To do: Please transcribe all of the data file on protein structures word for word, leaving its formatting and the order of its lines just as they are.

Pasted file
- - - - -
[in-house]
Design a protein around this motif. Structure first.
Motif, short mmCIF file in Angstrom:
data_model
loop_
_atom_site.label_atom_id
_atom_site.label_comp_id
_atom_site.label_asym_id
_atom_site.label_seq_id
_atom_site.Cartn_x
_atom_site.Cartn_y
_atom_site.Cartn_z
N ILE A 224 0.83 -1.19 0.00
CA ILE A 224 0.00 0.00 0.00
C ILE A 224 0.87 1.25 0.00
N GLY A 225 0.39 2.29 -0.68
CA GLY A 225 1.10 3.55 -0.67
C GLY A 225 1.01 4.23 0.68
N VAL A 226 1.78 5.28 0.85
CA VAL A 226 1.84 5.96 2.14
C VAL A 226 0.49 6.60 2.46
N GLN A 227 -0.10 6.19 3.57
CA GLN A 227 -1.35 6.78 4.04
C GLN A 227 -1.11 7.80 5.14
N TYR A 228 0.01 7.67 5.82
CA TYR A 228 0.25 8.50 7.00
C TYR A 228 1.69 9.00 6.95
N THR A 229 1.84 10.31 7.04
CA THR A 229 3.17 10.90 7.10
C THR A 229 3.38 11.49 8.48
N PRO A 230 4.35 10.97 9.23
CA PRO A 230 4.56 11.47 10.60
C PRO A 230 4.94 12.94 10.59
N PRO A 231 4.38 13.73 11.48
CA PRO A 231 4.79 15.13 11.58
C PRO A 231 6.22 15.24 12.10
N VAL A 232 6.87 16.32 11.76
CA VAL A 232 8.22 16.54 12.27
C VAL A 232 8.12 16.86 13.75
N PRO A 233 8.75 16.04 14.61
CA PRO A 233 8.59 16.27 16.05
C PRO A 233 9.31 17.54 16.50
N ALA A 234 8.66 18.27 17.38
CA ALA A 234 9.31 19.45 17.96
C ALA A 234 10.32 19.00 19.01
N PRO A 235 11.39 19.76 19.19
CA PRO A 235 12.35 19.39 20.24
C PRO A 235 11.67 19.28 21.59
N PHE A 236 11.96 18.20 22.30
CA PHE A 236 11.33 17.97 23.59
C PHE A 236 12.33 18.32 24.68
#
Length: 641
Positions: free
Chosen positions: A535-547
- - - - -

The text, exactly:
[in-house]
Design a protein around this motif. Structure first.
Motif, short mmCIF file in Angstrom:
data_model
loop_
_atom_site.label_atom_id
_atom_site.label_comp_id
_atom_site.label_asym_id
_atom_site.label_seq_id
_atom_site.Cartn_x
_atom_site.Cartn_y
_atom_site.Cartn_z
N ILE A 224 0.83 -1.19 0.00
CA ILE A 224 0.00 0.00 0.00
C ILE A 224 0.87 1.25 0.00
N GLY A 225 0.39 2.29 -0.68
CA GLY A 225 1.10 3.55 -0.67
C GLY A 225 1.01 4.23 0.68
N VAL A 226 1.78 5.28 0.85
CA VAL A 226 1.84 5.96 2.14
C VAL A 226 0.49 6.60 2.46
N GLN A 227 -0.10 6.19 3.57
CA GLN A 227 -1.35 6.78 4.04
C GLN A 227 -1.11 7.80 5.14
N TYR A 228 0.01 7.67 5.82
CA TYR A 228 0.25 8.50 7.00
C TYR A 228 1.69 9.00 6.95
N THR A 229 1.84 10.31 7.04
CA THR A 229 3.17 10.90 7.10
C THR A 229 3.38 11.49 8.48
N PRO A 230 4.35 10.97 9.23
CA PRO A 230 4.56 11.47 10.60
C PRO A 230 4.94 12.94 10.59
N PRO A 231 4.38 13.73 11.48
CA PRO A 231 4.79 15.13 11.58
C PRO A 231 6.22 15.24 12.10
N VAL A 232 6.87 16.32 11.76
CA VAL A 232 8.22 16.54 12.27
C VAL A 232 8.12 16.86 13.75
N PRO A 233 8.75 16.04 14.61
CA PRO A 233 8.59 16.27 16.05
C PRO A 233 9.31 17.54 16.50
N ALA A 234 8.66 18.27 17.38
CA ALA A 234 9.31 19.45 17.96
C ALA A 234 10.32 19.00 19.01
N PRO A 235 11.39 19.76 19.19
CA PRO A 235 12.35 19.39 20.24
C PRO A 235 11.67 19.28 21.59
N PHE A 236 11.96 18.20 22.30
CA PHE A 236 11.33 17.97 23.59
C PHE A 236 12.33 18.32 24.68
#
Length: 641
Positions: free
Chosen positions: A535-547